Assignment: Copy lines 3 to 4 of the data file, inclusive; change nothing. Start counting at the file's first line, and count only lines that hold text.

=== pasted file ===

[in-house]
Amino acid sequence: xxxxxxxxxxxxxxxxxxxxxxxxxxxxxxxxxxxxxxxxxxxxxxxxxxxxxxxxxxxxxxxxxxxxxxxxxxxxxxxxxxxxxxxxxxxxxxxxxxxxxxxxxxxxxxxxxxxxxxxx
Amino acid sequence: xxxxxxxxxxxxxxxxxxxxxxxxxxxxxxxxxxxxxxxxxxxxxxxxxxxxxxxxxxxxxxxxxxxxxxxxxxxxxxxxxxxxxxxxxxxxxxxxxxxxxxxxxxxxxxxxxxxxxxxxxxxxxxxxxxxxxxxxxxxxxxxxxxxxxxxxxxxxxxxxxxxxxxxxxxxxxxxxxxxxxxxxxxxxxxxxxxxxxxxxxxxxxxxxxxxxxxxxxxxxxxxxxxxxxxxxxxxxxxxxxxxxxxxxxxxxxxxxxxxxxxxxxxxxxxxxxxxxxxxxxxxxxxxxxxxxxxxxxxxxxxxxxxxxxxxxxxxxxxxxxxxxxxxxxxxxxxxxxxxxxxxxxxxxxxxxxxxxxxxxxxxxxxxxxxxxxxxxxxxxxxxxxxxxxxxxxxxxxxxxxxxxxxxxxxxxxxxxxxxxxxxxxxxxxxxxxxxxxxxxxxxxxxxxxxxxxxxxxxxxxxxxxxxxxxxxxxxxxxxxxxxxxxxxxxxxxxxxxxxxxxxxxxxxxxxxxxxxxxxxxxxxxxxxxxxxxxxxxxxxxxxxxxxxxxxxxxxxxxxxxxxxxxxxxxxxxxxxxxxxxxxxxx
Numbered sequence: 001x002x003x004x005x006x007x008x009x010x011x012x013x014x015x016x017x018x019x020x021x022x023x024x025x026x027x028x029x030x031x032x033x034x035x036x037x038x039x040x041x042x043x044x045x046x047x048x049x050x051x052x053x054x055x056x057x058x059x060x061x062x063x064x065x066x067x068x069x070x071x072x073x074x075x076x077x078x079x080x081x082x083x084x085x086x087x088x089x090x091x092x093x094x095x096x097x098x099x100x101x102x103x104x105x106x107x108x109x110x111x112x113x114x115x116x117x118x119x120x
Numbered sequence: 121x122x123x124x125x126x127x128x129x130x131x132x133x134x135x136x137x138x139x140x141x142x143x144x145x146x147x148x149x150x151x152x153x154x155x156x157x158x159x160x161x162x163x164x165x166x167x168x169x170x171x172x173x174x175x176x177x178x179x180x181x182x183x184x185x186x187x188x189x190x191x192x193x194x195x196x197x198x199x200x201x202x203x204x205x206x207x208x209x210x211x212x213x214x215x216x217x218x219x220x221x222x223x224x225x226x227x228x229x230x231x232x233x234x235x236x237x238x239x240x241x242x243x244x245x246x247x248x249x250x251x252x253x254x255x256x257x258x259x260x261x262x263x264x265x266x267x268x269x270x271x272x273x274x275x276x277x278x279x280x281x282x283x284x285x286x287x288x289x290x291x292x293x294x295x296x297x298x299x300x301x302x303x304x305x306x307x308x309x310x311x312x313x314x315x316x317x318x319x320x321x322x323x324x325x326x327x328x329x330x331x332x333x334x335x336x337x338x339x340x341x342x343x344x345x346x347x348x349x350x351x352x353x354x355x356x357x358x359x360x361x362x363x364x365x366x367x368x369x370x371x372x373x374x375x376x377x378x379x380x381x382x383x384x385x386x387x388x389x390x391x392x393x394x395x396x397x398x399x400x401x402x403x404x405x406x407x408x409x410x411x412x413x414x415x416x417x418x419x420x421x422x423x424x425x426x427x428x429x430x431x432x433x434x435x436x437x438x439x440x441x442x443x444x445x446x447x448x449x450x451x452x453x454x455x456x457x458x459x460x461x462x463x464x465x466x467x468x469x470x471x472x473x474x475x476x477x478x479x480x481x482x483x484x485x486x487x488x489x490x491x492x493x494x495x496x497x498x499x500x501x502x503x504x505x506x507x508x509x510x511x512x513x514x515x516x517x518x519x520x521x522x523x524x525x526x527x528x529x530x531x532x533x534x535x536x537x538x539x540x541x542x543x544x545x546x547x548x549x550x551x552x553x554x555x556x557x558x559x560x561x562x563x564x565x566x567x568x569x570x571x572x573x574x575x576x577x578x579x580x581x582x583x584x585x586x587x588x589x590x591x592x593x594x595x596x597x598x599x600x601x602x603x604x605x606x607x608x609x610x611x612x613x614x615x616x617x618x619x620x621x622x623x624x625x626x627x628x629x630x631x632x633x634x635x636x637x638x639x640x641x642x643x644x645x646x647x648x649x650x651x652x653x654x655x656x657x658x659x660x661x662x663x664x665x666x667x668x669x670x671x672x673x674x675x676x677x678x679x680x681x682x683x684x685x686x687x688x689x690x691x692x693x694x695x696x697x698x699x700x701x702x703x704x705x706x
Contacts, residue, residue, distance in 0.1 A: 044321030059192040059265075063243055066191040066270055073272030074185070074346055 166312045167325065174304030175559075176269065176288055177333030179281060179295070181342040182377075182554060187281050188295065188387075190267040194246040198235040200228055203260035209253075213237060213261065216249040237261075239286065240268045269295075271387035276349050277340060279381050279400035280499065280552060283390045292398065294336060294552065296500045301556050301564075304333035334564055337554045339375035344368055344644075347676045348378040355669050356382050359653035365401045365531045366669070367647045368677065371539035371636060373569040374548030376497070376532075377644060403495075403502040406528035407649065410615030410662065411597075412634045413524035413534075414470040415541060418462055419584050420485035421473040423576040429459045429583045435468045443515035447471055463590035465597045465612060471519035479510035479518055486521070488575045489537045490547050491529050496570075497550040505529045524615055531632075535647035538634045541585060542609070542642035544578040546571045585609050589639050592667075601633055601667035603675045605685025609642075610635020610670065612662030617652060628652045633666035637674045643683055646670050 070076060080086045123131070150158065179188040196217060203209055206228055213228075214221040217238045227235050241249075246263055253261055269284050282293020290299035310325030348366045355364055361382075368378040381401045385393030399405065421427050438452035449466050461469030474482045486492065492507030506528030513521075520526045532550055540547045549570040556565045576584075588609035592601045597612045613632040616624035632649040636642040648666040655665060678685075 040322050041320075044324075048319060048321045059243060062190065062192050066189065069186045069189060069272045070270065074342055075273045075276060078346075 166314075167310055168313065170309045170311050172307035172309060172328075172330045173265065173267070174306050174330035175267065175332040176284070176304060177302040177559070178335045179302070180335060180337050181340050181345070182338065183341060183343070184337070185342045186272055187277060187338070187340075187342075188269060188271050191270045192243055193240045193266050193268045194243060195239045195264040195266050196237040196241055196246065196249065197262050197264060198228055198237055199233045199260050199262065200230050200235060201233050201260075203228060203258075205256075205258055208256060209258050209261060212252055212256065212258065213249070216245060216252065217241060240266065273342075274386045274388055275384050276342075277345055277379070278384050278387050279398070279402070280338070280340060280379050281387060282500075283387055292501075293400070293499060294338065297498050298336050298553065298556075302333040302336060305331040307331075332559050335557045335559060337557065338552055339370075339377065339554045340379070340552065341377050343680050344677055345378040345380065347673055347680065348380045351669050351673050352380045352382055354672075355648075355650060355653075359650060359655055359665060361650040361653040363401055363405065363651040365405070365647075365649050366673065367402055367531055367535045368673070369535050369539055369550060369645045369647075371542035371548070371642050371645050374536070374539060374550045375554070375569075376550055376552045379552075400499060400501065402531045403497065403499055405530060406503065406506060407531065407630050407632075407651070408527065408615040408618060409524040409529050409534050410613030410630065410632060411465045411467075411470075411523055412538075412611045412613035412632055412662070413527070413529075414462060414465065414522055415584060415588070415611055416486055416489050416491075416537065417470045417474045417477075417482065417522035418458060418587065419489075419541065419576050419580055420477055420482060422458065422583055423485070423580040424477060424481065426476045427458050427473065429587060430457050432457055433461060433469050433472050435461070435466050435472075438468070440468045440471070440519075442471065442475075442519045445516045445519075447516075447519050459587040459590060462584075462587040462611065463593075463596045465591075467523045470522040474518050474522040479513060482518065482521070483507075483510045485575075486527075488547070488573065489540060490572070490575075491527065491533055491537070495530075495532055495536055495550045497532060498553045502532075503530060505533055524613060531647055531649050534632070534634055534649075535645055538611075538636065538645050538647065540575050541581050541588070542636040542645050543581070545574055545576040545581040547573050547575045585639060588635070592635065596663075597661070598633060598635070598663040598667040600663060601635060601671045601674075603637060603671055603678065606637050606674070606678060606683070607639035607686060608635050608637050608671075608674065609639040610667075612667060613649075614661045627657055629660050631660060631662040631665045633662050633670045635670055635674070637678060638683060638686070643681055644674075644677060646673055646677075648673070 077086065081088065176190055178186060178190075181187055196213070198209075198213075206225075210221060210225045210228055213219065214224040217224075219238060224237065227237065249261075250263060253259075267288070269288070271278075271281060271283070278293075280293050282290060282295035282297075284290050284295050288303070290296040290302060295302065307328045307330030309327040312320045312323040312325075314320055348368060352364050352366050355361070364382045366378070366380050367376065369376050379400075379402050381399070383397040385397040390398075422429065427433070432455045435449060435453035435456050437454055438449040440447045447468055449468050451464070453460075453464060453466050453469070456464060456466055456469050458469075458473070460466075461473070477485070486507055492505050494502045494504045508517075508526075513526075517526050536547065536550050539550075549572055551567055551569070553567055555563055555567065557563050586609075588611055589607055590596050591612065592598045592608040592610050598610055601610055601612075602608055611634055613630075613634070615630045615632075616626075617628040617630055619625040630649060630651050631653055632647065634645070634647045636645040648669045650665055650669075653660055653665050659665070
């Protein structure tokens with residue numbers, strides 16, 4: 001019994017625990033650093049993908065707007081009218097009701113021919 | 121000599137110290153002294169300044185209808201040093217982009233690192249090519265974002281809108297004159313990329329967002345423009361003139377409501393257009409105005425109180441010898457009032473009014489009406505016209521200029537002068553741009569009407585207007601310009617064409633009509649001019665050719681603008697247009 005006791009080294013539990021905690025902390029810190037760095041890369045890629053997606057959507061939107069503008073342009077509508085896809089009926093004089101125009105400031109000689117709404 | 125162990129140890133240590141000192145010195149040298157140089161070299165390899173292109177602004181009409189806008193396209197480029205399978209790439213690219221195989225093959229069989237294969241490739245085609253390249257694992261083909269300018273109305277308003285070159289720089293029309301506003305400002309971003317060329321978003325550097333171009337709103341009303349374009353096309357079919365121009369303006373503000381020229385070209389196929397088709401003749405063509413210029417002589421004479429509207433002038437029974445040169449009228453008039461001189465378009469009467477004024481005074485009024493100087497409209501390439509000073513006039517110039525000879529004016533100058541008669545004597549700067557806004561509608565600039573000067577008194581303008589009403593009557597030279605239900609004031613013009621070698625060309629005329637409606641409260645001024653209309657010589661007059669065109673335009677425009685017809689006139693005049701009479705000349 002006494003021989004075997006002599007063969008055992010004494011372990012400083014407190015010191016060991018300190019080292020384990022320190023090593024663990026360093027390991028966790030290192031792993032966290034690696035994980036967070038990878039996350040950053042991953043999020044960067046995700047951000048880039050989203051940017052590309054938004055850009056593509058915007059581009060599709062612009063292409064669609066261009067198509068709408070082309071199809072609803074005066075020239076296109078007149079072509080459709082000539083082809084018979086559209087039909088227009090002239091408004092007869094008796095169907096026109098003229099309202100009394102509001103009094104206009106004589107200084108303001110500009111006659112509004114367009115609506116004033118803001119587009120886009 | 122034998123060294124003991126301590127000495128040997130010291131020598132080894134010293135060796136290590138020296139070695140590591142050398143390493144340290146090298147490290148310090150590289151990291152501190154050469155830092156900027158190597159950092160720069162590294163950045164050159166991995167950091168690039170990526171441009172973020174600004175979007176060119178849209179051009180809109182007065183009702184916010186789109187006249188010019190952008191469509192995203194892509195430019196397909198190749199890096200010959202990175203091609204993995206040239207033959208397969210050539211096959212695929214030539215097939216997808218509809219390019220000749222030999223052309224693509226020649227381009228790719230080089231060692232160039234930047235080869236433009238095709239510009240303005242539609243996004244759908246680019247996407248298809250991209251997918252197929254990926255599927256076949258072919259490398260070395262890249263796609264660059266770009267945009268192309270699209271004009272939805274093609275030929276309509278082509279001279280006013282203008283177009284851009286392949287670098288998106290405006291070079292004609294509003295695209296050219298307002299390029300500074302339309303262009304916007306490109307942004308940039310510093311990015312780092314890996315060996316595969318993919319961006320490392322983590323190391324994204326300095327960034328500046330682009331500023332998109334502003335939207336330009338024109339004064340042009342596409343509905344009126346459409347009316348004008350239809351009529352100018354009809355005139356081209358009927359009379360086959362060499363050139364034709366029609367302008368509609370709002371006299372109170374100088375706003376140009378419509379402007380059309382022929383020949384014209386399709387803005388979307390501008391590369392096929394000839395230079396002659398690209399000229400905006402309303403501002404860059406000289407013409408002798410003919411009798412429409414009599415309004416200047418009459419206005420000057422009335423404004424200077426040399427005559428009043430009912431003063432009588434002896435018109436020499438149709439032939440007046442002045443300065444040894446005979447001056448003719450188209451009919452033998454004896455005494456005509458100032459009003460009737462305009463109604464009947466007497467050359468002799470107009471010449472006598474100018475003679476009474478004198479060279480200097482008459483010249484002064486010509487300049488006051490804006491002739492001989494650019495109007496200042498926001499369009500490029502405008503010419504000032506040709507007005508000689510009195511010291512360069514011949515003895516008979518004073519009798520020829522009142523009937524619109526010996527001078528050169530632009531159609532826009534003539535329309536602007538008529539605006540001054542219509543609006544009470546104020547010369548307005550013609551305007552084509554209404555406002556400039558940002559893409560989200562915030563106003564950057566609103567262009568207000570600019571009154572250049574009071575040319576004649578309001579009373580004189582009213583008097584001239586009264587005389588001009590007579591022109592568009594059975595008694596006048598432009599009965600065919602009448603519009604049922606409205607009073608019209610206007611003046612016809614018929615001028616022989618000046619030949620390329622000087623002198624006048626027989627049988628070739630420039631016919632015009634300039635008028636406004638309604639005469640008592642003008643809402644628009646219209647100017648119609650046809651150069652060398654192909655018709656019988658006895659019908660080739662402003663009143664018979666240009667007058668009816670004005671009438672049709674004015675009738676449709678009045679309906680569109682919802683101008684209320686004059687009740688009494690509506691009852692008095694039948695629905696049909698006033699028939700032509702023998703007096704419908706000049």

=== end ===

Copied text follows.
Amino acid sequence: xxxxxxxxxxxxxxxxxxxxxxxxxxxxxxxxxxxxxxxxxxxxxxxxxxxxxxxxxxxxxxxxxxxxxxxxxxxxxxxxxxxxxxxxxxxxxxxxxxxxxxxxxxxxxxxxxxxxxxxxxxxxxxxxxxxxxxxxxxxxxxxxxxxxxxxxxxxxxxxxxxxxxxxxxxxxxxxxxxxxxxxxxxxxxxxxxxxxxxxxxxxxxxxxxxxxxxxxxxxxxxxxxxxxxxxxxxxxxxxxxxxxxxxxxxxxxxxxxxxxxxxxxxxxxxxxxxxxxxxxxxxxxxxxxxxxxxxxxxxxxxxxxxxxxxxxxxxxxxxxxxxxxxxxxxxxxxxxxxxxxxxxxxxxxxxxxxxxxxxxxxxxxxxxxxxxxxxxxxxxxxxxxxxxxxxxxxxxxxxxxxxxxxxxxxxxxxxxxxxxxxxxxxxxxxxxxxxxxxxxxxxxxxxxxxxxxxxxxxxxxxxxxxxxxxxxxxxxxxxxxxxxxxxxxxxxxxxxxxxxxxxxxxxxxxxxxxxxxxxxxxxxxxxxxxxxxxxxxxxxxxxxxxxxxxxxxxxxxxxxxxxxxxxxxxxxxxxxxxxxxxxxxx
Numbered sequence: 001x002x003x004x005x006x007x008x009x010x011x012x013x014x015x016x017x018x019x020x021x022x023x024x025x026x027x028x029x030x031x032x033x034x035x036x037x038x039x040x041x042x043x044x045x046x047x048x049x050x051x052x053x054x055x056x057x058x059x060x061x062x063x064x065x066x067x068x069x070x071x072x073x074x075x076x077x078x079x080x081x082x083x084x085x086x087x088x089x090x091x092x093x094x095x096x097x098x099x100x101x102x103x104x105x106x107x108x109x110x111x112x113x114x115x116x117x118x119x120x